Jersey, a self-governing dependency of the United Kingdom, boasts a combination of British and French cultures. It’s known for its beaches, cliffside walking paths and historic castles. The majority of street names and landmarks are French; however, the official language remains English.

History flows through the island of Jersey. Mont Orgueil Castle, built in the 13th century by the Normans who had previously invaded, still remains strong to this day. Built on a rocky islet in St Aubin's Bay, Elizabeth Castle has defended Jersey for more than 400 years, and the iconic walks across the beach to reach the castle is not something to miss on the island.

Jersey was occupied by the hideous Nazi regime from 1 July 1940 until 9 May 1945. During this time, the Germans coerced citizens of Jersey into slave labour. A series of uncompleted tunnels were built to separate the people of Jersey from the Germans: they now form part of the ‘Jersey War Tunnels’ attraction that showcase real life events – at least 7 bodies are known to have been found in those tunnels.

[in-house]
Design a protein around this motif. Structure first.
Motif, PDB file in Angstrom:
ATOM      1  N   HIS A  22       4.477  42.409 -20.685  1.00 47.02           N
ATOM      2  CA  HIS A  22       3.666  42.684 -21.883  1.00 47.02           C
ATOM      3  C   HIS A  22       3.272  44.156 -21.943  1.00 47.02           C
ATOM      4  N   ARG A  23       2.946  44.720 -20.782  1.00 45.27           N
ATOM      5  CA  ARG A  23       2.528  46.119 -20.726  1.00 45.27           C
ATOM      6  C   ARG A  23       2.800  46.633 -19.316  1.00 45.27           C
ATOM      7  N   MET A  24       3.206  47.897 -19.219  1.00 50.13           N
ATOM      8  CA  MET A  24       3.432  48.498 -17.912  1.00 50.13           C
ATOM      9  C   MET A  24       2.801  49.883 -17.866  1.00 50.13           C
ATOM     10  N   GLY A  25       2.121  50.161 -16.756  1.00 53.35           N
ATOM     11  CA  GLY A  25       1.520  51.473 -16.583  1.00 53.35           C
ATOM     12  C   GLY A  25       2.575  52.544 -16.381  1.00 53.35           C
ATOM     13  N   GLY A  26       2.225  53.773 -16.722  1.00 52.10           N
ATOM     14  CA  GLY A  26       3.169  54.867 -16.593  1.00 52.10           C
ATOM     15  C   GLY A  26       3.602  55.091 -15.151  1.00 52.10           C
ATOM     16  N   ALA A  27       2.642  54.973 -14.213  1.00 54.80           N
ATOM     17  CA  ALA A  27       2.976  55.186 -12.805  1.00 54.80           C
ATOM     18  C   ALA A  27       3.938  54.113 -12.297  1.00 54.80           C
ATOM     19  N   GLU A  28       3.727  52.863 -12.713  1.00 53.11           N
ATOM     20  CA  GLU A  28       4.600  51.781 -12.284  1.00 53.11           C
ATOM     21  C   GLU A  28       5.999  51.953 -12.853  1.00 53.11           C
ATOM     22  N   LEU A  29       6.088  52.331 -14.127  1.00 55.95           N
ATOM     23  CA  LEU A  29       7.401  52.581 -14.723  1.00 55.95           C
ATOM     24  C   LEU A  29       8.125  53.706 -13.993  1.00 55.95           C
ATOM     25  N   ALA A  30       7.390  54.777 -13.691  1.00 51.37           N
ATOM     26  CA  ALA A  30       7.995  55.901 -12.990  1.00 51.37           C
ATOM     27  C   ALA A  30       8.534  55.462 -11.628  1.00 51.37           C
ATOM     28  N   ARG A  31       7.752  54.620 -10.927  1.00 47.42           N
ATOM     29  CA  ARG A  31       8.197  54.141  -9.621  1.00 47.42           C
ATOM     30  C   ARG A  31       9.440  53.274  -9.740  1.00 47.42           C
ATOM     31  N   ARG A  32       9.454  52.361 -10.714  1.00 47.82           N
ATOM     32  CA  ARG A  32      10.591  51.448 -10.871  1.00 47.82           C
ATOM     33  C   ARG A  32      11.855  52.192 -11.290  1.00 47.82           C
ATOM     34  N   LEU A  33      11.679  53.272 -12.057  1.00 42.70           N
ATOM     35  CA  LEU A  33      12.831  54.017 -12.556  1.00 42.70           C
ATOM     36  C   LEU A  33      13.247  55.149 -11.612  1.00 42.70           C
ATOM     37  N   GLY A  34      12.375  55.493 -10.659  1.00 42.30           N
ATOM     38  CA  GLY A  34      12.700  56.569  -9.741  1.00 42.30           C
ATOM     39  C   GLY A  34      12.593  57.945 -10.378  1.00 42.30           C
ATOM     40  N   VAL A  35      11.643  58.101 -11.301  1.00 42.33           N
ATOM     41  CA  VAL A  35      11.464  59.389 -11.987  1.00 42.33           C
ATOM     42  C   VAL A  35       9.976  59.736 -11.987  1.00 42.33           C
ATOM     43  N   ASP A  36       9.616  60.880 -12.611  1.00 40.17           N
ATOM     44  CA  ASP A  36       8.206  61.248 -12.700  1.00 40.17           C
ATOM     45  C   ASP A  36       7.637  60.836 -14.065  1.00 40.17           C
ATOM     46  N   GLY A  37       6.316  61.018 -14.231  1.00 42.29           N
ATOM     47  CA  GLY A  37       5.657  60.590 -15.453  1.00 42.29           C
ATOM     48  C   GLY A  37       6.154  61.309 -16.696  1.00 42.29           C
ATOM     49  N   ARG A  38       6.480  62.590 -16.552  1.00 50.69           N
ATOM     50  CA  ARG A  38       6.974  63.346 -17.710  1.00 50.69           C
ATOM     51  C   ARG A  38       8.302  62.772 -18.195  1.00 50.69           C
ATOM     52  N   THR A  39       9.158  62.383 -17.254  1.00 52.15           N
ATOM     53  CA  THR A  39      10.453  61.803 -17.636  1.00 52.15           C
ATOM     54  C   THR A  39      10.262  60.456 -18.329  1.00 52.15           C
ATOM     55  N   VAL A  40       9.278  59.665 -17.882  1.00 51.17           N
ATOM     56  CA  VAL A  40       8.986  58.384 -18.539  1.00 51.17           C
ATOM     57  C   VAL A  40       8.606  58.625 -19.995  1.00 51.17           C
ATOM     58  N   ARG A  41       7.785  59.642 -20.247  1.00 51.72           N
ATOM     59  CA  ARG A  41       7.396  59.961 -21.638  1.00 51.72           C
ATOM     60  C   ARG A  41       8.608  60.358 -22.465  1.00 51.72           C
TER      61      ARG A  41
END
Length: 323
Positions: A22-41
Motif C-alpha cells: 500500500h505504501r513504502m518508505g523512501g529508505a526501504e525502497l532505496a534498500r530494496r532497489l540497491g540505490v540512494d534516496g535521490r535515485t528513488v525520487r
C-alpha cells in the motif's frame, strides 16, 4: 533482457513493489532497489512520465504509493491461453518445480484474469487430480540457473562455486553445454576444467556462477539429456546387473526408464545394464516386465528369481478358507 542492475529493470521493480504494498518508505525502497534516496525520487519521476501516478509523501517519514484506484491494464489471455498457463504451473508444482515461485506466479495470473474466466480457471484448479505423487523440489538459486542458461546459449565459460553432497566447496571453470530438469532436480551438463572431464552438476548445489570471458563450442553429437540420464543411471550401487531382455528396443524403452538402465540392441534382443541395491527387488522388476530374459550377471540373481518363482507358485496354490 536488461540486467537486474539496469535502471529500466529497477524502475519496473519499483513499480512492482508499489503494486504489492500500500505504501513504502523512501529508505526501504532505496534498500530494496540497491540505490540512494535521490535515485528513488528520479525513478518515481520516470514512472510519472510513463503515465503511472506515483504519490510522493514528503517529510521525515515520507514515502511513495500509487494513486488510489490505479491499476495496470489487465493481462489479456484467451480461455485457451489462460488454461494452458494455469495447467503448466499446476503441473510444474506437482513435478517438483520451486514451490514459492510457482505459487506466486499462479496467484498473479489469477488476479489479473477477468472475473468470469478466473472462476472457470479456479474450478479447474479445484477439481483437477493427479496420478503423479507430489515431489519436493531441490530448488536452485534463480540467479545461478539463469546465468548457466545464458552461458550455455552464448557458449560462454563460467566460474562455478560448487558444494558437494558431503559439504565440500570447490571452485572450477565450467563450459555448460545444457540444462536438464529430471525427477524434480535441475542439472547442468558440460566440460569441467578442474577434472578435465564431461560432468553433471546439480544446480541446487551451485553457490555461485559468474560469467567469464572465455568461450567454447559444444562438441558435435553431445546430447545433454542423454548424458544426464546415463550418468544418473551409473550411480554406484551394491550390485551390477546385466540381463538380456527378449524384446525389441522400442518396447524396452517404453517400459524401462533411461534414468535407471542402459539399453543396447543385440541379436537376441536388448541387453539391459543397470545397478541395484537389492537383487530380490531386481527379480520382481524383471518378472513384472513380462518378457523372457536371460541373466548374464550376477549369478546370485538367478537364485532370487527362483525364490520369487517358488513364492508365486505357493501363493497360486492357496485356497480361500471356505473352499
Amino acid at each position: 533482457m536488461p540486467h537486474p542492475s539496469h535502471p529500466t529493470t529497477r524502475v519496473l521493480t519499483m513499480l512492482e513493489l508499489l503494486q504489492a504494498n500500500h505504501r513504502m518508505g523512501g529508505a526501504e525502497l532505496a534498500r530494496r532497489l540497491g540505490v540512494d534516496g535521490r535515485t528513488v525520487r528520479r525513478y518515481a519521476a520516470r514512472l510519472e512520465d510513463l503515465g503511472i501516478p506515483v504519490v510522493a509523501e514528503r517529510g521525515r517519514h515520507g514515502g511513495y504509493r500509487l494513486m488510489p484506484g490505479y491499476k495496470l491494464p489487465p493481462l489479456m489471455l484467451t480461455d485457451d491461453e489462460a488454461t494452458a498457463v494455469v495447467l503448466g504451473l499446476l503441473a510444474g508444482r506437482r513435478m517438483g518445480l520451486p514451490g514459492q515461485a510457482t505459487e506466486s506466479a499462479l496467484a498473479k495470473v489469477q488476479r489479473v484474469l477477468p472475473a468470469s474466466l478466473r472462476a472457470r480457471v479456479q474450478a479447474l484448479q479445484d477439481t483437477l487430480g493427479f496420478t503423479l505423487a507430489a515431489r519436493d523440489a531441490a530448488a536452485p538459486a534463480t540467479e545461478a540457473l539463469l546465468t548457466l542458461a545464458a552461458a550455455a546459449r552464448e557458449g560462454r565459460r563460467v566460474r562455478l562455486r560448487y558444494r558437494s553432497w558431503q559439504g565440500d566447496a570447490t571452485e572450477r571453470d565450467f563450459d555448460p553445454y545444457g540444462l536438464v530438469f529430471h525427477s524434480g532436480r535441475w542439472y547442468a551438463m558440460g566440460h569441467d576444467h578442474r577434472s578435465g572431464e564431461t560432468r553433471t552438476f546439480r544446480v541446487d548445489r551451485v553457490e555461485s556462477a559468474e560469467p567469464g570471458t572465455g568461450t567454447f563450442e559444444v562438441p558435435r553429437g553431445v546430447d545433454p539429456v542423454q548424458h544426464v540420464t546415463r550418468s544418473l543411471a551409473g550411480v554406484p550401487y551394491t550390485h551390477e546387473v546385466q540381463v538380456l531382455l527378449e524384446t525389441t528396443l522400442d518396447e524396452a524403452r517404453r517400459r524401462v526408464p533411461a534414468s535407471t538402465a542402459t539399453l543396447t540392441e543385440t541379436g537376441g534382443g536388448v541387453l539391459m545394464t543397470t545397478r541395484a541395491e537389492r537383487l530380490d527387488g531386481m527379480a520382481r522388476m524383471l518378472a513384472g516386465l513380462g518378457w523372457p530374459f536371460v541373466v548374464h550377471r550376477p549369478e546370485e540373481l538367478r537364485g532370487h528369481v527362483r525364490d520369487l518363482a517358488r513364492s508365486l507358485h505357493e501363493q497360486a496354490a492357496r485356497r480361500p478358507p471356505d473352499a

Despite its relatively small size – it is only 46 miles squared – there are several ways of relaxing on the island. There are several checkpoints from which an idyllic view of the English Channel can be enjoyed. One notable place is called Devil’s Hole, from where calming sights of the royal blue waters are in abundance and the rustic slopes of eroding cliffs can be marvelled at.

Incredibly, the island isn’t very well renowned despite all of the unique experiences to be had on the island. It has a special aura and an unmistakable mix of British and French to create a whole new identity - Jèrriais. The overall nature is unlike any other country in the world.